Wakita (pop. 344) was chosen as one of the film's main locations when scouts noticed there was debris still left over from a big June 1993 hailstorm. Most of the residents signed up to be extras and were paid $100 per day.

Wakita is now home to the Twister (The Movie) Museum, which opened up a few months before the film's release. There's also a five-block walking tour, plus a Dorothy I prop and a Twister pinball machine (a gift from Paxton).

9. THE TORNADO SOUNDS ARE MADE UP OF VARIOUS ANIMAL NOISES.

According to Variety, an altered recording of a camel's moan helped create the storm sounds. It was reported elsewhere that a lion's growl and a tiger's snarl were remixed as tornado audio.

10. A BOEING 707 JET WAS USED TO GENERATE THE WIND.

In addition to the aircraft, the production utilized a small "battalion" of wind machines. Even though 200 mph winds were blowing around them, stunt doubles were used only some of the time. The actors used earplugs, but—apparently not learning their lesson earlier—did not use eye protection. "After every shot, someone would come around with the Visine,'' Hunt explained.

11. PRODUCTION ON MAD ABOUT YOU HAD TO BE DELAYED SO THAT HUNT COULD FINISH THE MOVIE.

Production for season four of the NBC sitcom starring Paul Reiser and Hunt was delayed two weeks. NBC executives told The New York Times they believed production was delayed because Reiser and the rest of the Mad About You team were busy "sulking" over being moved to Sunday nights.

12. "IT SUCKS" WAS CONSIDERED AS A TAGLINE.

Producers changed their minds when they realized that such a tagline would be grist for any critic or moviegoer who didn't like the movie.

13. OPRAH HUMILIATED THE CAST (PROBABLY NOT INTENTIONALLY).

"The biggest thing that I remember from when we were doing press for the film was that we went on Oprah," Jami Gertz (Dr. Melissa Reeves) recalled to The A.V. Club. "We came out individually, and we were talking about how tough it was to shoot. We would get debris in our eyes from the wind machines and we’d have to use the eye wash. And sometimes when we were in the makeup trailer, we’d have to turn off the electricity, because we were close to an electrical storm and we didn’t want to get electrocuted, and blah blah blah. And then she breaks for commercials, and then she comes back and says, 'And now for survivors of real twisters!' [Laughs] So here are all these actors, these dopey actors on stage, and now we have these people who are like, 'I was burned, lightning hit me ...' And we’re like, 'Uh, no, that didn’t happen to us. Oooh.' It was just so humiliating. Here are these real survivors of twisters, and we’re just the pretend movie version."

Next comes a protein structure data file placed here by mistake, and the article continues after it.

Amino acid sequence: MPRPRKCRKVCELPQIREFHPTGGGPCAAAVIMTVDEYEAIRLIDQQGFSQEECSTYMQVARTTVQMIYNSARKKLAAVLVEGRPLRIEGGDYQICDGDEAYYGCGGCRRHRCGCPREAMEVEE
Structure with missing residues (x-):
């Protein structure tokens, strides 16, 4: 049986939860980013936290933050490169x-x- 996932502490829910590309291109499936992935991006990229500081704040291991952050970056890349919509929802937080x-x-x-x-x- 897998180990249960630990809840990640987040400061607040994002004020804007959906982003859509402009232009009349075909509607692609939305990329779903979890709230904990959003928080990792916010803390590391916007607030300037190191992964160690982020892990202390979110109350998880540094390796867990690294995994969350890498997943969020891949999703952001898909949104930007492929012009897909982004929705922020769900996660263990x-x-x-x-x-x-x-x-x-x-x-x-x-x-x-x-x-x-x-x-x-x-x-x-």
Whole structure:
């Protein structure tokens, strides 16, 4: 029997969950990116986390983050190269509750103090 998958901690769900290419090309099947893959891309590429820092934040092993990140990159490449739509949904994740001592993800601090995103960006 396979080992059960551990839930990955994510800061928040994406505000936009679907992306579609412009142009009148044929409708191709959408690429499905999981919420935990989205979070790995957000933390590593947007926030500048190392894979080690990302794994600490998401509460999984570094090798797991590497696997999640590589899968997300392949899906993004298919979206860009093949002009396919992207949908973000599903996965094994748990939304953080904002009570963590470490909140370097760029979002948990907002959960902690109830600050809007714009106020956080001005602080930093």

14. BILL PAXTON THINKS THEY MADE THE "PEPSI LITE" VERSION OF THE MOVIE.

"I’d love to direct a sequel to that movie," Paxton said. "I’ve always felt like there was a Jaws version of that movie. I always felt like we did the Pepsi Lite version of that movie."

15. SPIELBERG OFFICIALLY ATTRIBUTES THE FILM'S SUCCESS TO ITS SPECIAL EFFECTS, NOT ITS STORY.

Variety reported that Spielberg, in his testimony during the plagiarism trial, said that the special effects—and not the writing—were the reason for Twister's success.

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15 Heartwarming Facts About Mister Rogers
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Though Mister Rogers' Neighborhood premiered 50 years ago, Fred Rogers remains an icon of kindness for the ages. An innovator of children’s television, his salt-of-the-earth demeanor and genuinely gentle nature taught a generation of kids the value of kindness. In celebration of the groundbreaking children's series' 50th anniversary, here are 15 things you might not have known about everyone’s favorite “neighbor.”

1. HE WAS BULLIED AS A CHILD.

According to Benjamin Wagner, who directed the 2010 documentary Mister Rogers & Me—and was, in fact, Rogers’s neighbor on Nantucket—Rogers was overweight and shy as a child, and often taunted by his classmates when he walked home from school. “I used to cry to myself when I was alone,” Rogers said. “And I would cry through my fingers and make up songs on the piano.” It was this experience that led Rogers to want to look below the surface of everyone he met to what he called the “essential invisible” within them.

2. HE WAS AN ORDAINED MINISTER.

Rogers was an ordained minister and, as such, a man of tremendous faith who preached tolerance wherever he went. When Amy Melder, a six-year-old Christian viewer, sent Rogers a drawing she made for him with a letter that promised “he was going to heaven,” Rogers wrote back to his young fan:

“You told me that you have accepted Jesus as your Savior. It means a lot to me to know that. And, I appreciated the scripture verse that you sent. I am an ordained Presbyterian minister, and I want you to know that Jesus is important to me, too. I hope that God’s love and peace come through my work on Mister Rogers’ Neighborhood.”

3. HE RESPONDED TO ALL HIS FAN MAIL.

Responding to fan mail was part of Rogers’s very regimented daily routine, which began at 5 a.m. with a prayer and included time for studying, writing, making phone calls, swimming, weighing himself, and responding to every fan who had taken the time to reach out to him.